| Robert G. Crowder
Robert G. Crowder, noted experimental psychologist and memory theorist, died on July 27, 2000 at age 60 from complications of diabetes. He leaves behind a legacy of accomplishment, both personal and professional, and will be sorely missed.
Crowder’s career began coincident with the birth of cognitive psychology and he brought scholarship and sensibility to a developing field. Trained by the functionalist Arthur Melton, he proudly claimed an intellectual lineage that included John McGeoch, John Dewey and William James. He embraced his intellectual past and, unlike many early cognitive theorists, used it as a foundation for his work. He willingly adopted the role of “referee,” gently reminding the field of its origins and frequently showing how the latest “insight” could be recast in terms of old ideas. He became a conscience of the memory field, a characteristic that profoundly shaped his colleagues and, especially, his doctoral students.
Crowder, a Fellow and Charter Member of APS, may well be remembered best for his brilliant 1976 textbook on human memory. Although now 25 years old, it remains a top resource for researchers and perhaps the finest scholarly textbook on memory ever written.
To those who knew him, the book is the perfect embodiment of Crowder’s career as scholar and teacher. The writing is lucid, the scholarship deep, and the insights many. Unlike most textbooks, which simply review a field, Crowder interpreted the memory literature, adding many original contributions to theory. Even the title itself – Principles of Learning and Memory – was a bold statement of his core philosophy.
True to the spirit of his mentors, Crowder was convinced that the processes of memory were principled and few. For example, he eschewed the popular structural distinction between short- and long-term memory. There is a difference, he claimed, between a system called short-term memory and simply remembering over the short-term. The latter, he believed, shares the same principles as long-term memory, except for the time scales involved, thus leaving little need for a distinct short-term memory system with its own operating rules.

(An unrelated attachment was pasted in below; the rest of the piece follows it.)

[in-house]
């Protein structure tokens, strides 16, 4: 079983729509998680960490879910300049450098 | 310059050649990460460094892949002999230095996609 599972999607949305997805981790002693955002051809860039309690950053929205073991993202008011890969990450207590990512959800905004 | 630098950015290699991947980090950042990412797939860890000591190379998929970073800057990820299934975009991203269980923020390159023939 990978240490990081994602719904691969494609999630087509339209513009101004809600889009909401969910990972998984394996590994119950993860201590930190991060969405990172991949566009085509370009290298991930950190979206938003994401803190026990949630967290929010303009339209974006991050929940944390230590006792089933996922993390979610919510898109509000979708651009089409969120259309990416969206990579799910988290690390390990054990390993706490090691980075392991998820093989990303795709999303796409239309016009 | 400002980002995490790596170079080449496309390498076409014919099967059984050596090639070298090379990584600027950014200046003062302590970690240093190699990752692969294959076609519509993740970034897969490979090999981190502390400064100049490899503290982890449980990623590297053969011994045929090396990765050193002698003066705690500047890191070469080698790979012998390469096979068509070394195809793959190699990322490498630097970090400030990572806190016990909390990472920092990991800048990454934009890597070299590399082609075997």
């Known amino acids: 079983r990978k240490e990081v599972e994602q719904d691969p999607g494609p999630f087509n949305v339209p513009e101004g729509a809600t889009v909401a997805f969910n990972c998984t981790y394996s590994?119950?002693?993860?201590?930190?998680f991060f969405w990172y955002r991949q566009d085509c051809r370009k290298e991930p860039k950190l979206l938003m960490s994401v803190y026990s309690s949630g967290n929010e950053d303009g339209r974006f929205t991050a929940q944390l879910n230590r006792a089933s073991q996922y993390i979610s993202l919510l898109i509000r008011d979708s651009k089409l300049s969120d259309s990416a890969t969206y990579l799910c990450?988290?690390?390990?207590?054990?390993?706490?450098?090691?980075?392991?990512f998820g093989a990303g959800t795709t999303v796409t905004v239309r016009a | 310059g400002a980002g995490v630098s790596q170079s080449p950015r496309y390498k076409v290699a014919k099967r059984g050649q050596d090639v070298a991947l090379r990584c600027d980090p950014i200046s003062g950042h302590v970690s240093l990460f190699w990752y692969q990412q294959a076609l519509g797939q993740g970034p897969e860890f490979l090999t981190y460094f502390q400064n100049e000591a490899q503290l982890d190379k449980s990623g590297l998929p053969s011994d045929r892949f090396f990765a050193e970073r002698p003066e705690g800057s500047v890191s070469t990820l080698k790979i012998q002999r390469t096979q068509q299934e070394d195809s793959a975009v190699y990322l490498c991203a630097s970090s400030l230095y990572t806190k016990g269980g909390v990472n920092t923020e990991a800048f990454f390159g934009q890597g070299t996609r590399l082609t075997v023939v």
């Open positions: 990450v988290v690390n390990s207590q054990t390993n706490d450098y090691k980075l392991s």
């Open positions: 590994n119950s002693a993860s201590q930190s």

Crowder steadfastly refused to reject the past, but his research often tapped the cutting edge. In the 1970s, for example, he proposed a neurologically-plausible account of sensory memory based on lateral inhibition in neural networks. This neural accounting predated the rise of neural networks in cognitive theory and the shift toward cognitive neuroscience that dominates the field today.
In the 1990s, he began to dabble with proceduralist accounts of memory, arguing that memory is essentially a residual property of information processing. Drawing comparisons to astronomical events, which can be witnessed eons after their original occurrence, Crowder vexed the memory community by suggesting that memories might not be stored events, but rather forms of continued, or residual, processing. Retention, he argued, is just an aspect of the original event itself, manifest at some temporal remove.
Fortunately, Crowder’s talents were generally recognized by the community of experimental psychologists during his lifetime. He was widely published – over 100 articles and book chapters – and he was the recipient of many honors, including the editorship of Memory & Cognition, a term on the governing board of the Psychonomic Society, and election to the prestigious Society of Experimental Psychologists. In addition to being a Fellow of APS, he was also a Fellow of the American Psychological Association, and he spent a year as an invited Fellow at the Center for Advanced Study in the Behavioral Sciences at Stanford University.
Crowder was on numerous editorial boards and a frequent invited speaker, both nationally and internationally. To celebrate his lifetime of work, a Festschrift was held in his honor in the summer of 1999; a companion book, The Nature of Remembering: Essays in Honor of Robert G. Crowder (APA Press) appeared in Winter 2001.
Bob Crowder spent his entire professional career at Yale University, an institution he loved and respected, reaching the status of Full Professor in 1976. He served Yale with distinction and he is remembered not only as an important researcher but as a committed and caring teacher. Fittingly, a portion of his ashes resides in Grove Street Cemetery in New Haven, on corner of the Yale Campus, next to the building that housed his office. Bob is remembered by the community of researchers worldwide, but most especially by his wife Julie and three children.